The Wyoming Area School Board has enacted a new dress code because they said the old one was vague, and this new one has concrete rules. How concrete is the word “decency?” At the June 28 meeting, the school board said that the uniform committee received guidance from the Pennsylvania School Boards Association, the PSBA.
Please note that “hair” is not covered in the new code, and I’m sure it’s because the PSBA is aware that hair is a protected right in Pennsylvania, since 1972: Stull v. School Board of Western Beaver Jr-Sr High School, 459 F. 2d 339 (3r Cir, 1972). Pennsylvania school board regulations regulating the length or style of students’ hair are unconstitutional and unenforceable, except under the following three narrow factual circumstances: 1. If the length or style of hair causes an actual disruption of the educational process; 2. If the length or style of hair constitutes a health hazard; 3. If the length or style of hair constitutes a safety hazard, e.g., in shop classes.
As presented in leagle.com (search phrase “hair regulation for school teachers”), the court’s holding in Stull was cited by Pennsylvania Attorney General Packel in 1974, when informing the Pennsylvania Secretary of Education that “governance of the length and style of one’s hair is implicit in the liberty assurance of the Due Process Clause of the Fourteenth Amendment… is as applicable for teachers as it is for students (66 Pa. D. & C. 2d 2).” Congratulations, adult educators. The court case that protects student hair from administrative interference was used to allow teachers to wear mustaches and beards.
The Attorney General did not stop there. He cited Ramsey V. Hopkins, 320 F.Supp. 477 (N.D. Ala., 1970) a case involving prohibition of teacher mustaches, and wrote, “This is indeed a gross example of a rule based upon personal taste of an administrative official which is not a permissible base upon which to build rules for the organization of a public institution. See Zachry V. Brown, 299 F.Supp. 1360 (N.D. Ala. 1967). There must be some showing of justification for the rule related to the legitimate purposes of the institution.” It doesn’t take a rocket scientist to infer that personal taste, e.g “decent,” is not permissible.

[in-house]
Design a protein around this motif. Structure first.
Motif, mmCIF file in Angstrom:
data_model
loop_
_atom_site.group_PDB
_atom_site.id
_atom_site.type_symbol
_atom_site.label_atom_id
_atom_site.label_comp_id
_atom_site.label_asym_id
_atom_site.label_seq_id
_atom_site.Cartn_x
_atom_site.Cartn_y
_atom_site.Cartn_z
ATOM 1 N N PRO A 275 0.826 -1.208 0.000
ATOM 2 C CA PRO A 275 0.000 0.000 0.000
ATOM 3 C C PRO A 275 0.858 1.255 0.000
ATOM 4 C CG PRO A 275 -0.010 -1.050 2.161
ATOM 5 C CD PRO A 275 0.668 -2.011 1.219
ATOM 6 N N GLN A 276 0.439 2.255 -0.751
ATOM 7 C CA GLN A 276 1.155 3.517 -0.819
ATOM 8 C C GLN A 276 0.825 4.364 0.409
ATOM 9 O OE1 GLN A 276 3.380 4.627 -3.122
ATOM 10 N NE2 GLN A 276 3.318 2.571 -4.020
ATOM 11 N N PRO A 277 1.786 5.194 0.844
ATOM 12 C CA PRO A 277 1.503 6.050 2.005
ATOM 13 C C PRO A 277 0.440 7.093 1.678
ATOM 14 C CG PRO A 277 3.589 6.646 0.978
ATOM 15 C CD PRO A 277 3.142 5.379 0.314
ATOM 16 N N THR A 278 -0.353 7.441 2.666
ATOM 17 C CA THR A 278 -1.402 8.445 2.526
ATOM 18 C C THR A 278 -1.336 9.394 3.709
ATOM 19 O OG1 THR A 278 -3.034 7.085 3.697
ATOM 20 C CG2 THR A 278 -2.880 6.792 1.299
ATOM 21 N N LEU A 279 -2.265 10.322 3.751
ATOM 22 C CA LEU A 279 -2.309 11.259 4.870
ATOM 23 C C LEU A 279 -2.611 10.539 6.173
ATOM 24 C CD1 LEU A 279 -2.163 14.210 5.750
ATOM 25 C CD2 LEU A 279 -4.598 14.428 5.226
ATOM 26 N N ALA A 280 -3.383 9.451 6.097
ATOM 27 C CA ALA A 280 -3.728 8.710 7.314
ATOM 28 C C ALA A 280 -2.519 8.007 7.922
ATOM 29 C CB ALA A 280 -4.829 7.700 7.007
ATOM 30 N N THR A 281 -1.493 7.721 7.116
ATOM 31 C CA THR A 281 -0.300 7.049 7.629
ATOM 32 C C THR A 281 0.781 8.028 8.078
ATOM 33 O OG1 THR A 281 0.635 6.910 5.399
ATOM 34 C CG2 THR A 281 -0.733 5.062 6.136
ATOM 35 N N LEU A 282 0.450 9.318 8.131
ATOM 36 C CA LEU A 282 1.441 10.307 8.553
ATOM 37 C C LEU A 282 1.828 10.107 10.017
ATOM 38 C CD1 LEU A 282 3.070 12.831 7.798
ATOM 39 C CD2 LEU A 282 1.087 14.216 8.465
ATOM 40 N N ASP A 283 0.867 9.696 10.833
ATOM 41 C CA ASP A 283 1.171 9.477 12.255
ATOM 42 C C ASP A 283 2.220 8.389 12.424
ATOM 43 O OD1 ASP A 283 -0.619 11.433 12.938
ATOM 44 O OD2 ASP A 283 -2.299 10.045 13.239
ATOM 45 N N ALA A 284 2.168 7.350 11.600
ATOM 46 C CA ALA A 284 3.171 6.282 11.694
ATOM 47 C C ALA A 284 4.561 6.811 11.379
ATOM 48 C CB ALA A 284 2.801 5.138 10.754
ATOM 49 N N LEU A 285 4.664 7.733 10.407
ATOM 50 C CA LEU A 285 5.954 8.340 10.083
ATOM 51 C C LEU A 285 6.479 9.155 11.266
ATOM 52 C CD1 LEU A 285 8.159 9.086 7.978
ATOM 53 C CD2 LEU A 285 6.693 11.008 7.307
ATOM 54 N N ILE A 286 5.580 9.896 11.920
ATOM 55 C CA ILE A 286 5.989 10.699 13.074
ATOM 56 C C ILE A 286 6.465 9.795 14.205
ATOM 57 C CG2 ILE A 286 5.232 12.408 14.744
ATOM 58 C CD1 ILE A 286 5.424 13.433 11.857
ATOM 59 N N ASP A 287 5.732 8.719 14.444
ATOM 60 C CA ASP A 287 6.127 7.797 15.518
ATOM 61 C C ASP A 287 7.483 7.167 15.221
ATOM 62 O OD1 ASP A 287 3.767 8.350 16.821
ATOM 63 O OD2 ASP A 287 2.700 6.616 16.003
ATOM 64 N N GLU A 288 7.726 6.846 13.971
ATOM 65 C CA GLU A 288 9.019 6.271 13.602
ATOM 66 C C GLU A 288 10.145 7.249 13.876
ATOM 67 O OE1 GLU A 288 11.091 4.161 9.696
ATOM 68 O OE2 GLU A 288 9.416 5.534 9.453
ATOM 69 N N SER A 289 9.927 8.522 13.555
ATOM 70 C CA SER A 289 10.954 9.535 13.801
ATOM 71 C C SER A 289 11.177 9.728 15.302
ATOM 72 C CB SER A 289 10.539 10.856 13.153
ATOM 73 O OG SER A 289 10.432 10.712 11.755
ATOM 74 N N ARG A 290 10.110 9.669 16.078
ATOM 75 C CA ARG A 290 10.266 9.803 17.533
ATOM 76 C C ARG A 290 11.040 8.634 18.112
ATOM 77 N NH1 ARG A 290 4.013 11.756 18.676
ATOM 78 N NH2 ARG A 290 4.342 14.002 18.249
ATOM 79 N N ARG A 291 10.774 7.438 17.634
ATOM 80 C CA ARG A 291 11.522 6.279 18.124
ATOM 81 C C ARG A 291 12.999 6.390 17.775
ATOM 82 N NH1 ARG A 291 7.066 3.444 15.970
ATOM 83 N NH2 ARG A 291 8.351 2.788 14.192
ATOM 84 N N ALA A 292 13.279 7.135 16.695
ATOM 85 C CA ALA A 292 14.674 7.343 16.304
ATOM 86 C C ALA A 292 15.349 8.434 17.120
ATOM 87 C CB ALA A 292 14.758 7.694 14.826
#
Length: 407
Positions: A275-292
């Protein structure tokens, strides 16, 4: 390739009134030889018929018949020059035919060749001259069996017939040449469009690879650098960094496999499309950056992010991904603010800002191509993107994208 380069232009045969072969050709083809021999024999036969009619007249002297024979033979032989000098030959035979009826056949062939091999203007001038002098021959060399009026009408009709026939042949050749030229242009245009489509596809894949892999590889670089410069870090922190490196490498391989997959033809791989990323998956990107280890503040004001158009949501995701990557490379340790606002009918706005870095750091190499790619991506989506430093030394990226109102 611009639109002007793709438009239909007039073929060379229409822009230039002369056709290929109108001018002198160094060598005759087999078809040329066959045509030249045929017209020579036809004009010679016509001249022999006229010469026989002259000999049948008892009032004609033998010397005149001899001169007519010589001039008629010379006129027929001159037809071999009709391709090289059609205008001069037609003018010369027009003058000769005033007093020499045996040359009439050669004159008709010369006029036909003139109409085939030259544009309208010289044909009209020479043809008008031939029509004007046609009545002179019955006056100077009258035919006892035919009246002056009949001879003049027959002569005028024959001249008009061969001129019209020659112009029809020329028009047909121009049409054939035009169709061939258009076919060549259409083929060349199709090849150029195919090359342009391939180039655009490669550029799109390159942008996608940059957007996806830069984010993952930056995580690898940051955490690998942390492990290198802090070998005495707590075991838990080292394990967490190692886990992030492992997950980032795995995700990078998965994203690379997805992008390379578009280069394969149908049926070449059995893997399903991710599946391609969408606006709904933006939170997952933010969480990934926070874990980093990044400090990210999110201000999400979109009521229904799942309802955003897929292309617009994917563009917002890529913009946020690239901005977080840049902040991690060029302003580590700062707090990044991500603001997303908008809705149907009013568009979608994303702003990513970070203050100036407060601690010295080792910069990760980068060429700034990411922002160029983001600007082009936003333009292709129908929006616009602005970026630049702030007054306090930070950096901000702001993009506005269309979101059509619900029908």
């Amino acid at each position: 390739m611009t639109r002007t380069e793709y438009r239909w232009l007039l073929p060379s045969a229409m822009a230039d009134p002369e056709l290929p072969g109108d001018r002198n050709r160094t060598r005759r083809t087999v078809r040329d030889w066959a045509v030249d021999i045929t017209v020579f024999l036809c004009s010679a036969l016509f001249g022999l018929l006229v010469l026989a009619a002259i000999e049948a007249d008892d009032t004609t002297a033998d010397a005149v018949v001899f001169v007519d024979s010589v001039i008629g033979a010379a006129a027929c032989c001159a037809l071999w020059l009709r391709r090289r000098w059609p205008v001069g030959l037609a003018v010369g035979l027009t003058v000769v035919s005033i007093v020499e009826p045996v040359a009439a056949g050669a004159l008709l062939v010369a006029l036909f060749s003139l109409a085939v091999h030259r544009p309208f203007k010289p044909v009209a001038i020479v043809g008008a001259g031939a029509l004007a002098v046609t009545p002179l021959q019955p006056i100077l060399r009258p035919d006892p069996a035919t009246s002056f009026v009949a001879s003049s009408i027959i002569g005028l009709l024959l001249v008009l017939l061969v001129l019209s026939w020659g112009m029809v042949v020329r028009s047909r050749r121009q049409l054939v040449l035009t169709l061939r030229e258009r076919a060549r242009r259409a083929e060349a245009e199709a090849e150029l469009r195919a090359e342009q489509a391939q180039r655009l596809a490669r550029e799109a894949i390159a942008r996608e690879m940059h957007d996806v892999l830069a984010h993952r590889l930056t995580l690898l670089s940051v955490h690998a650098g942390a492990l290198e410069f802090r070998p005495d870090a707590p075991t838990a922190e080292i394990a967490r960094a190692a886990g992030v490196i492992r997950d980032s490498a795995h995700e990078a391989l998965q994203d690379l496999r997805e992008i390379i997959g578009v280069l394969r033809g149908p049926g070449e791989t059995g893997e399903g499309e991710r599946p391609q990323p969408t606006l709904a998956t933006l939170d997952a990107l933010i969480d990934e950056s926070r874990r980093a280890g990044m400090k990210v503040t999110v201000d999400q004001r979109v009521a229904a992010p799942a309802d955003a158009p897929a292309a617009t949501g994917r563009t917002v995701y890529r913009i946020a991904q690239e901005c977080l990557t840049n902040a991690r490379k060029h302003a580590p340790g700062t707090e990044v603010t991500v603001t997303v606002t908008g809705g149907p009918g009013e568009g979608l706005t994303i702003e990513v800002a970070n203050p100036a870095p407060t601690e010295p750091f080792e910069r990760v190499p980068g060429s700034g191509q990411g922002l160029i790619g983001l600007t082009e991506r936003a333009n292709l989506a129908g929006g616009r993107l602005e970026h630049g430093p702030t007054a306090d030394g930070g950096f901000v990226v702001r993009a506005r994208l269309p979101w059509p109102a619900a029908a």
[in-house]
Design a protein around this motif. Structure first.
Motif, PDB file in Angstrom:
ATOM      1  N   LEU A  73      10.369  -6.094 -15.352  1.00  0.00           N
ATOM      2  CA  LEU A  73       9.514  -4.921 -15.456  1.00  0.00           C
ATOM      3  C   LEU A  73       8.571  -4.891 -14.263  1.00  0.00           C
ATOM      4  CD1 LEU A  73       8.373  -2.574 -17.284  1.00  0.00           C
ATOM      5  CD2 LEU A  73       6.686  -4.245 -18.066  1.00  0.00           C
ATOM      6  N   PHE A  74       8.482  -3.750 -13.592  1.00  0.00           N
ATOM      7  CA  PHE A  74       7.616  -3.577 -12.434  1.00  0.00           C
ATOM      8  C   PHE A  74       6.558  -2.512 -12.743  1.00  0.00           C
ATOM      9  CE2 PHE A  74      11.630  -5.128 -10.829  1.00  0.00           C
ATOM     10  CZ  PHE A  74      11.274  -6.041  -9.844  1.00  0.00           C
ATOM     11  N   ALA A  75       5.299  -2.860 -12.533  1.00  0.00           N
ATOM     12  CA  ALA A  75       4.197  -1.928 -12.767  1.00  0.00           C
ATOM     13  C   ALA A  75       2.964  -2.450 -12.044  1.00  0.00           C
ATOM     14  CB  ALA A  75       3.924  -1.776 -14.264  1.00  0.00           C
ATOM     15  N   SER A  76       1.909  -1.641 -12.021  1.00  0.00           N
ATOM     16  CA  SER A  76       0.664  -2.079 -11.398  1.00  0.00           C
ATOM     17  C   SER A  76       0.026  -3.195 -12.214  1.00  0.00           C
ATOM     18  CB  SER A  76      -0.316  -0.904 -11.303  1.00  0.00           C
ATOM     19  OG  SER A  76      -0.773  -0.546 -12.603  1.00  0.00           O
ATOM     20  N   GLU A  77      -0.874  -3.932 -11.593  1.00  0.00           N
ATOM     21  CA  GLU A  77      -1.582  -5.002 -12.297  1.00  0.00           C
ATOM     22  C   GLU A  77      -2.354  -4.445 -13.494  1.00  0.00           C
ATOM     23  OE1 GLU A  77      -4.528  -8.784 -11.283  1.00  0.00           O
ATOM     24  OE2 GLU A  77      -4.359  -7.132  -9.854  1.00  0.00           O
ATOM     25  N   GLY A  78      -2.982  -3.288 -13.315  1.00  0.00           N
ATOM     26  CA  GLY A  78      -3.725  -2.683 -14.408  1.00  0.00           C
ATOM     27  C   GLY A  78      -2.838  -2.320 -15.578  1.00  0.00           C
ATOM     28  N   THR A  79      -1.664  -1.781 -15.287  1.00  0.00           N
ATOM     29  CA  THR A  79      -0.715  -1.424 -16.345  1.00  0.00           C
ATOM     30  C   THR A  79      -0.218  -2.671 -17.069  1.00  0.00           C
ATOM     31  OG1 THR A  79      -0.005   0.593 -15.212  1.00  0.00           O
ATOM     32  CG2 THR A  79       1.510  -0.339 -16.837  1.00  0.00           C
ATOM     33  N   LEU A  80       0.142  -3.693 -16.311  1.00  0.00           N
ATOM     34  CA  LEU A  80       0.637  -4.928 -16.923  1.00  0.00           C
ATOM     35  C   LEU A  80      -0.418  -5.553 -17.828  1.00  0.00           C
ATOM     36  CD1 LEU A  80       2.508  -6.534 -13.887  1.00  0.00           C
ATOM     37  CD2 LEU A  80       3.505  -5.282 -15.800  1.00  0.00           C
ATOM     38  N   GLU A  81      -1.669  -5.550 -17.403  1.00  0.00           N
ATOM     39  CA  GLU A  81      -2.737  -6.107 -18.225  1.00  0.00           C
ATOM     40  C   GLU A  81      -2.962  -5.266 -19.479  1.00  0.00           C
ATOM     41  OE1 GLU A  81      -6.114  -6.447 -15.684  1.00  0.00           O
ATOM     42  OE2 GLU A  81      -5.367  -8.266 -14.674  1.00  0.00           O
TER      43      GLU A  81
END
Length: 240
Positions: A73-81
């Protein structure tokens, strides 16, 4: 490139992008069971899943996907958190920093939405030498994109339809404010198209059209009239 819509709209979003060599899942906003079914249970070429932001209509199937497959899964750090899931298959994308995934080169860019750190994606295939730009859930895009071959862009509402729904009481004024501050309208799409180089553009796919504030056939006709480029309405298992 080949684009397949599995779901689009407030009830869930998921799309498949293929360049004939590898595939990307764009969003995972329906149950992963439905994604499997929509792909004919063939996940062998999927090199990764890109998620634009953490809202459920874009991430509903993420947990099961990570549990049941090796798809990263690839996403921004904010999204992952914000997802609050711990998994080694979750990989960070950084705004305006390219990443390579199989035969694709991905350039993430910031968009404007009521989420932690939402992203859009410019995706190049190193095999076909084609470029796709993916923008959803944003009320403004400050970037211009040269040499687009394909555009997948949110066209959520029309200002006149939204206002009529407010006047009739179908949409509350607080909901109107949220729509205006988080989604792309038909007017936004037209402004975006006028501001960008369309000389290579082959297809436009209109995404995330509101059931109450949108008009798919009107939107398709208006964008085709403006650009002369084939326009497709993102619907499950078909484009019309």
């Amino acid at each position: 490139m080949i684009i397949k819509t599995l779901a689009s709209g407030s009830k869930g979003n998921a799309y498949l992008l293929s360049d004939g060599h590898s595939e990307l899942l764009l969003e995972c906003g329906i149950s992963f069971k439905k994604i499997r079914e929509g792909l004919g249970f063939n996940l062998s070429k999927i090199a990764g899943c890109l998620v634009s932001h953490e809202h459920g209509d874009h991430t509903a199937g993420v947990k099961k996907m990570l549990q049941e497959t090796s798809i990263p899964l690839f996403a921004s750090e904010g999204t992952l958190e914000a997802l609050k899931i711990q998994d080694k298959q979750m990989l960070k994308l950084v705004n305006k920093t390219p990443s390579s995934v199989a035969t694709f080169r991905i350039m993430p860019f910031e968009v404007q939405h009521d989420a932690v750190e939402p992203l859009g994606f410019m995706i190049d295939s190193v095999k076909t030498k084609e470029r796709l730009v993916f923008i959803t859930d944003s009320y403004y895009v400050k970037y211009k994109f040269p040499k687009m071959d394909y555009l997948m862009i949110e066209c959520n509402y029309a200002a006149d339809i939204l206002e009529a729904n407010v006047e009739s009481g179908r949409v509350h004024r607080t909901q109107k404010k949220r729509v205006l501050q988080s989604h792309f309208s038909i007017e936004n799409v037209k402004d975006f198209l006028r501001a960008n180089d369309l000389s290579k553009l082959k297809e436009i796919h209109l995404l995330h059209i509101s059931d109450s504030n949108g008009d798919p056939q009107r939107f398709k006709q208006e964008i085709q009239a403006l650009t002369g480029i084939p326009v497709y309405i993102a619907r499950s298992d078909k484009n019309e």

The school board doesn’t like yoga pants and hoodies, and say that it’s too difficult to police and enforce a ban on them. So instead, it has required only certain kinds of clothing and will resort to suspension of students to make its point. The board has always had suspension as a disciplinary tool, but won’t use it because it’s inflammatory to families. Now board members have created a $100,000 position for someone who will make sure that shorts go to the knee, and to use the hammer when they don’t. Seriously?
The school board enacted this new dress code soon after the 240th anniversary of the ultimate and much-admired act of American civil disobedience, July 4. Now, the students are frustrated with school board members who don’t listen. So, the students can make them see. They can wear black armbands to protest the code (Tinker v. Des Moines, 1969). They can get creative with their hair (Stull v. school, 1972). They can enroll in cyber school. They can ALL wear the wrong kinds of clothes on days that are important to the school board, and get suspended en masse. What is more American than civil disobedience?
Free public school education from age 8 to 16 is a protected right under the Pennsylvania Constitution. Just because Act 46 of 1998 said that school districts “may” impose limitations of dress and “may” require pupils to wear standard dress or uniforms doesn’t mean it is constitutional. If you insist on special clothes, then provide them. The minute you pull a student out of class because they didn’t purchase and wear the prescribed clothes, you have violated their constitutionally protected right to an education. How disruptive to the educational process is that?
Rhonda Lambert is a resident of Harding. Reach the Sunday Dispatch newsroom at 570-655-1418 or by email at firstname.lastname@example.org.